If you want book recommendations, talk to scientists. They read. A lot.
Need proof? There are 11 libraries in the National Museum of Natural History. Apart from the main branch, most are connected to a specific research area and about the size of a large living room. There’s one dedicated to birds, another to minerals, and so on.
But this is a post about our staff’s paleo picks, so I went here:
The masterminds—paleontologists, exhibition developers, and educators—behind the new exhibition, Last American Dinosaurs: Discovering a Lost World, gave me the titles of their favorite fossil reads and I hunted a few of them down.
For the most part, the books are variations on a theme: life and the forces—geologic and other—that lead to evolution or extinction.
Some are macro in scope, others chronicle the fate of a single species or region. Humans make cameos in many of these narratives, either in the form of paleontologists searching for answers or humanity writ-large altering the planet we inhabit.
Like the fossil record itself, these books prompt you to contemplate the profound and the amusing. Richard Fortey does both in Trilobite! Eye Witness to Evolution (my favorite title). I found myself wanting to put these Fortey phrases on T-shirts or holiday cards:
“Without death there is little innovation. Extinction—the death of a species—is part and parcel of evolutionary change.”
“Naturally, there would have been no baby trilobites without sex. Sadly, we do not know as much as we would like to know about the sex lives of trilobites.”
(Trilobites, for the record, are those iconic segmented, flat marine fossils that lived long before dinosaurs. Like today’s insects and crustaceans, they were arthropods.)
So, whether you’re looking to start a paleo book club or for gift ideas for fossil enthusiasts, consider these reads—grouped broadly into themes. And for those of you who like to judge books by their covers, we've included a slideshow.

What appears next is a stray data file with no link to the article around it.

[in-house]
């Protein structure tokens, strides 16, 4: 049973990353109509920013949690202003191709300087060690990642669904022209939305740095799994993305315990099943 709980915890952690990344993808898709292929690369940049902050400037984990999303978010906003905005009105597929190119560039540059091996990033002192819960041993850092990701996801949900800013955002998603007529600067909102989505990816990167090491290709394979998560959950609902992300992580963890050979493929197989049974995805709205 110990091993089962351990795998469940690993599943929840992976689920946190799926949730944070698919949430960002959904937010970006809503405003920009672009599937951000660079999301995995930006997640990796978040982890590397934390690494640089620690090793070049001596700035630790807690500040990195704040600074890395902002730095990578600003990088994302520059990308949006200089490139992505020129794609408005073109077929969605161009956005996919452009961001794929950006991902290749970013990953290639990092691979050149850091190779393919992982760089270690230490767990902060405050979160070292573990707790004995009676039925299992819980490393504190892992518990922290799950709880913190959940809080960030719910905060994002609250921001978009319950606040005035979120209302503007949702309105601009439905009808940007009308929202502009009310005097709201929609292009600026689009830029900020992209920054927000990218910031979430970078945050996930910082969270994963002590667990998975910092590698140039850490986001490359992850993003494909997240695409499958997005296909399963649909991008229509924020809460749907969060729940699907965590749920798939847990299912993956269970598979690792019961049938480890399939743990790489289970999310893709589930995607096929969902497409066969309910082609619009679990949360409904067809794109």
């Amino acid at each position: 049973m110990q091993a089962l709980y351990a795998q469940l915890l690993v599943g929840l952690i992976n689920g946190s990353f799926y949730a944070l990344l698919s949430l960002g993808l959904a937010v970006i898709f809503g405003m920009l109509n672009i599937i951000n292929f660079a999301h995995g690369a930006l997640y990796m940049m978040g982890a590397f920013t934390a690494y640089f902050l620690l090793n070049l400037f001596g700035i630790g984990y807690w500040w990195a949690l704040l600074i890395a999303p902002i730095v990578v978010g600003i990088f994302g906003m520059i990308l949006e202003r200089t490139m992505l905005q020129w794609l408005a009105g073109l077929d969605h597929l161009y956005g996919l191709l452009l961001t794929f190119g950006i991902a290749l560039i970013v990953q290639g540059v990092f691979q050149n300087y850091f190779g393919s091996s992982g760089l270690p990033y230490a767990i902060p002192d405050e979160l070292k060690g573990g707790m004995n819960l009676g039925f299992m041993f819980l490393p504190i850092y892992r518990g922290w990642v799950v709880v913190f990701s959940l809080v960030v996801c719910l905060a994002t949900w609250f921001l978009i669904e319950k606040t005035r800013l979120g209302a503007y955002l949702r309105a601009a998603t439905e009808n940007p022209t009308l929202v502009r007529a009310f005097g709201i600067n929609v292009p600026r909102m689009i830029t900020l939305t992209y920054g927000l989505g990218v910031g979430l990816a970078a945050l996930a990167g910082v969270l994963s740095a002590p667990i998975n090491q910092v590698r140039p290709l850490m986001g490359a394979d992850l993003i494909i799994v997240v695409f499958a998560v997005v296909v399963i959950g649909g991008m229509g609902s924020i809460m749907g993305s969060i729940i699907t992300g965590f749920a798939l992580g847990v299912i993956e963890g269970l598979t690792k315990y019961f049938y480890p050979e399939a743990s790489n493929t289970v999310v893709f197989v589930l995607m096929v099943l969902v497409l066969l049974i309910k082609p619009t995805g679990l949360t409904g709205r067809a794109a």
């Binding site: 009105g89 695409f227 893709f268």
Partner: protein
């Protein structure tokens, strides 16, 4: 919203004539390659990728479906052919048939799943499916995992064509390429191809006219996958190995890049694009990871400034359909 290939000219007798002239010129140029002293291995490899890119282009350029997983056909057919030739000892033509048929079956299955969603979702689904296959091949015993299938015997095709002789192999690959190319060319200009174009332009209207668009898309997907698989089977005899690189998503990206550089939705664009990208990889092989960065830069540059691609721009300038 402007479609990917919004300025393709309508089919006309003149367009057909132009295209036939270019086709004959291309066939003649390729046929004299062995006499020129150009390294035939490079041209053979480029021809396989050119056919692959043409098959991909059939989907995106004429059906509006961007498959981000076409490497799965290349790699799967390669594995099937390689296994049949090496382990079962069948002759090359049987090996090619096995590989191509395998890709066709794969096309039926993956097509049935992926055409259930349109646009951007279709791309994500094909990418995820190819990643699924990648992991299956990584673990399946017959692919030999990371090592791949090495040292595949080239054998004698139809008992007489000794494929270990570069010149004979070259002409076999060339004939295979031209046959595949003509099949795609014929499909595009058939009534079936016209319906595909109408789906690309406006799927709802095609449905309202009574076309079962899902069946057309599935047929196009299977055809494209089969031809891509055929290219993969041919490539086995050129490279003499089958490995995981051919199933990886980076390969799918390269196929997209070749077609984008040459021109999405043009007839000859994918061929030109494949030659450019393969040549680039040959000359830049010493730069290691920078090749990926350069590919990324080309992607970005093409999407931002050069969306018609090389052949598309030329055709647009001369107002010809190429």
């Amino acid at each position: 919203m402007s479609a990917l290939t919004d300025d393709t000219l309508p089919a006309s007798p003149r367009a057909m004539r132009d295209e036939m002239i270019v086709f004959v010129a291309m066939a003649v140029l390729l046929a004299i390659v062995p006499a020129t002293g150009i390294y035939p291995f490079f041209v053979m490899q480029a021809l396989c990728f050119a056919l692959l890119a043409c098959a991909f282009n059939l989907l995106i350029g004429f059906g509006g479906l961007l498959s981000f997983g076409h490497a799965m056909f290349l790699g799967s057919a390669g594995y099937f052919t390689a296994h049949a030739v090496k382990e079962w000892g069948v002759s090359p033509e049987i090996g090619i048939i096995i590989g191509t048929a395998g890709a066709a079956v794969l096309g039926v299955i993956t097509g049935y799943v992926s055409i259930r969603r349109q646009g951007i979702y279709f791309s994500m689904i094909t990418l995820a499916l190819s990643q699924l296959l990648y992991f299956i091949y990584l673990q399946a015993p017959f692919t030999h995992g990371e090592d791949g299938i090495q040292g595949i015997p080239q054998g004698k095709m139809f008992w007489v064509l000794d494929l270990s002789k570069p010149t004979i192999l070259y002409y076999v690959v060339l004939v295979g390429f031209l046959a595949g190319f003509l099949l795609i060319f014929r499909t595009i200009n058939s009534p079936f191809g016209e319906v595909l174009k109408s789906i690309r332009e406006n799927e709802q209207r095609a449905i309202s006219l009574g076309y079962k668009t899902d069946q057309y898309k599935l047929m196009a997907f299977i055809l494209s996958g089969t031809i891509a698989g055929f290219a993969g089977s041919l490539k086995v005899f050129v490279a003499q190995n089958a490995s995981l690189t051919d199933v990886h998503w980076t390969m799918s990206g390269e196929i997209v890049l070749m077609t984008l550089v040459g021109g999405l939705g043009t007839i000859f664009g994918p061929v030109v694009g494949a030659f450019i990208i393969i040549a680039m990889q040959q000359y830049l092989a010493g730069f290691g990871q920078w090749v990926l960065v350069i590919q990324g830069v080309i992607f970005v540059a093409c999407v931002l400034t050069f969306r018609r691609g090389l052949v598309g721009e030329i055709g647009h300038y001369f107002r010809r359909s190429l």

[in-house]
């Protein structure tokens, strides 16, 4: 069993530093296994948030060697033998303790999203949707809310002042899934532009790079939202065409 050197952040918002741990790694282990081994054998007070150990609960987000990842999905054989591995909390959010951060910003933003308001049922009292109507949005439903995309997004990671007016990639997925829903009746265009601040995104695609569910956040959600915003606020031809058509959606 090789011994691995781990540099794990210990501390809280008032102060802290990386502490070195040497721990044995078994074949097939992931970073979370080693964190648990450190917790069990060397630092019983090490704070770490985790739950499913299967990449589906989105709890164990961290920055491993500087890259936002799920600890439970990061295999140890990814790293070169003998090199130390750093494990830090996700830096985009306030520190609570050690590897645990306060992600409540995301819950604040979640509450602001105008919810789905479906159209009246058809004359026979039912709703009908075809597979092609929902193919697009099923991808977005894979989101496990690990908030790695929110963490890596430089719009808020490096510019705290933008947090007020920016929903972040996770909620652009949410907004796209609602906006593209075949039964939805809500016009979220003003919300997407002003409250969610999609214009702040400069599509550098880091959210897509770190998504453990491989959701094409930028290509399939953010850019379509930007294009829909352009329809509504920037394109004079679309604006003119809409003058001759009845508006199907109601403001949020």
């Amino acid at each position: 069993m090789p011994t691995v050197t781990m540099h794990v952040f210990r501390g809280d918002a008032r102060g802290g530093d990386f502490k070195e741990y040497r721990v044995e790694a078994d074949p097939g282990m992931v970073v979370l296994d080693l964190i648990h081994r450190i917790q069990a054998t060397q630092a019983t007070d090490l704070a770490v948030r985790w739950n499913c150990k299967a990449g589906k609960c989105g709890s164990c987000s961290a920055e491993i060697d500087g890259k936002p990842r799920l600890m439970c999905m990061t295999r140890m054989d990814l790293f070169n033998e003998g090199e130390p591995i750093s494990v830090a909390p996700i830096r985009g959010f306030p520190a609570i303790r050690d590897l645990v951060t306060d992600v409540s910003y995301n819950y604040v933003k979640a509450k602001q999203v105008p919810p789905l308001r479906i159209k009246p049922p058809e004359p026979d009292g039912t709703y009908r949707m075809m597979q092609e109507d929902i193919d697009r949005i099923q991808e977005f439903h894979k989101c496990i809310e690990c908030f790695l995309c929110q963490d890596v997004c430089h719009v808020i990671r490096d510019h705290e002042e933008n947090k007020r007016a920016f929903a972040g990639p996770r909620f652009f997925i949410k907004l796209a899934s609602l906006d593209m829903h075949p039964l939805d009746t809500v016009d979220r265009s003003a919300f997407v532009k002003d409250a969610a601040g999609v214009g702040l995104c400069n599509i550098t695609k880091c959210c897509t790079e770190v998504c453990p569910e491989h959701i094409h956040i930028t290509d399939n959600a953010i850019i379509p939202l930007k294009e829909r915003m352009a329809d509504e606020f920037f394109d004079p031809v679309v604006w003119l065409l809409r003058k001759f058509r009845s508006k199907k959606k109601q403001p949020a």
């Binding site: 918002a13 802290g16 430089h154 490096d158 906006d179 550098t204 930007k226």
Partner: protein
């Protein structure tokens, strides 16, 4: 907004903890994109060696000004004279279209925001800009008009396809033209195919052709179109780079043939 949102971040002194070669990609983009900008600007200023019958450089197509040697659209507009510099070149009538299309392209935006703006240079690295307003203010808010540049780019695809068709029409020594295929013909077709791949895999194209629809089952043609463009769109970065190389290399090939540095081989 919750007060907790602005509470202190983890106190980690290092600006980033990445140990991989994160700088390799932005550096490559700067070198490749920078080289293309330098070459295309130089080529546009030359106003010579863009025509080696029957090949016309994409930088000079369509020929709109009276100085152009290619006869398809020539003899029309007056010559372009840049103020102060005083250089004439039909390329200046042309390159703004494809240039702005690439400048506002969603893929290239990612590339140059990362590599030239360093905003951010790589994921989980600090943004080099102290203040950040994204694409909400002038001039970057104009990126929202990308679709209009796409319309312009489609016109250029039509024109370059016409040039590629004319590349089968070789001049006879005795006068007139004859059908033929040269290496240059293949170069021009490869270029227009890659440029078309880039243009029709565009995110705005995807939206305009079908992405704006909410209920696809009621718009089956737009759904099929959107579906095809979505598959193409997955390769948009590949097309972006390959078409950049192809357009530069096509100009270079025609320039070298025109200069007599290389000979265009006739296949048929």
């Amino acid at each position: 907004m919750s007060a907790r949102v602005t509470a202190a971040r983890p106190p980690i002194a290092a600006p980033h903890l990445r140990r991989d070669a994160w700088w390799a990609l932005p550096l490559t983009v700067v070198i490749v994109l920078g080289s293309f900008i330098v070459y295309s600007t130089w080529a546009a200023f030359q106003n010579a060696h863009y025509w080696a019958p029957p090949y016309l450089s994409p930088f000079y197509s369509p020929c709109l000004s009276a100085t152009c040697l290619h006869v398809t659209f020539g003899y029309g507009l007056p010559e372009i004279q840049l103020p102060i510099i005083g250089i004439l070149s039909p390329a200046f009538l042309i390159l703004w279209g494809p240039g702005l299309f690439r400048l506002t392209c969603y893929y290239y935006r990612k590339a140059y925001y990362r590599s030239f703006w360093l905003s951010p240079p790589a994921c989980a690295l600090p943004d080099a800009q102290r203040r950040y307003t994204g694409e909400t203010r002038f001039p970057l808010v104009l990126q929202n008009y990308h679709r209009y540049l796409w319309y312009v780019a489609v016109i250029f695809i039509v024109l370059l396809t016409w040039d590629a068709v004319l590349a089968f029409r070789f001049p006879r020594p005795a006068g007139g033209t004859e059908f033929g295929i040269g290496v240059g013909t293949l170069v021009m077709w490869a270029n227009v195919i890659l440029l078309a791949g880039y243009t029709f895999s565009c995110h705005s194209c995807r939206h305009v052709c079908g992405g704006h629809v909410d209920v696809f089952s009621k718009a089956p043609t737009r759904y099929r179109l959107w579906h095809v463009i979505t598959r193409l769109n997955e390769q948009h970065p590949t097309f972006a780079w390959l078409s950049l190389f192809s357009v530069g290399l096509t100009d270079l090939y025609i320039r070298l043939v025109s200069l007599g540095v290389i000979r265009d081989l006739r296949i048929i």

The Big Picture
- Life: A Natural History of the First Four Billion Years of Life on Earth, by Richard Fortey
- The Immense Journey: An Imaginative Naturalist Explores the Mysteries of Man and Nature, by Loren Eiseley
- Life on a Young Planet: The First Three Billion Years of Evolution on Earth, by Andrew Knoll
- A History of Life in 100 Fossils, by Paul D. Taylor and Aaron O'Day
Case Studies in Evolution
- Your Inner Fish: A Journey into the 3.5-Billion-Year History of the Human Body, by Neil Shubin
- Wonderful Life: The Burgess Shale and the Nature of History, by Stephen Jay Gould
- Trilobite! Eyewitness to Evolution, by Richard Fortey
- The Eternal Frontier: An Ecological History of North America and Its Peoples, by Tim Flannery
- Cruisin' the Fossil Freeway: An Epoch Tale of a Scientist and an Artist on the Ultimate 5,000-Mile Paleo Road Trip, by Kirk Johnson (Author and the Sant Director of the National Museum of Natural History) and Ray Troll (Illustrator)
- Attending Marvels: A Patagonian Journal, by George Gaylord Simpson
- My Beloved Brontosaurus: On the Road with Old Bones, New Science, and our Favorite Dinosaurs, by Brian Switek
The Human Footprint
- The Long Thaw: How Humans are Changing the Next 100,000 Years of Earth’s Climate, by David Archer
- Apocalyptic Planet: A Field Guide to the Future of the Earth, by Craig Childs
- The Sixth Extinction: An Unnatural History, by Elizabeth Kolbert
- The Rambunctious Garden: Saving Nature in a Post-Wild World, by Emma Marris
On Time and Climate Change
- The Two-Mile Time Machine: Ice Cores, Abrupt Climate Change, and Our Future, by Richard Alley
- Nature’s Clocks: How Scientists Measure the Age of Almost Everything, by Douglas Macdougall
- The Complete Dinosaur, by Michael K. Brett-Surman (Editor), Thomas R. Holtz (Editor), James O. Farlow (Editor), Bob Walters (Illustrator)
- Dinosaurs: The Most Complete, Up-to-Date Encyclopedia for Dinosaur Lovers of All Ages, by Thomas Holtz (Author) and Luis Rey (Illustrator)
- Pterosaurs: Natural History, Evolution, Anatomy, by Mark Witton
- When Dinos Dawned, Mammals Got Munched, and Pterosaurs Took Flight: A Cartoon Pre History of Life in the Triassic, by Hannah Bonner
- If You are a Hunter of Fossils, by Byrd Baylor (Author) and Peter Parnall (Illustrator)
By Tina Tennessen, Writer/Editor, National Museum of Natural History
Editor’s Note: Thanks to many of the National Museum of Natural History's paleo experts for their suggestions, Dr. Kay Behrensmeyer, Amy Bolton, Dr. Matthew Carrano, Sant Director Dr. Kirk Johnson, Dr. Nick Pyenson, Siobhan Starrs, Dr. Hans-Dieter Sues, Dr. Abby Telfer, and Dr. Scott Wing.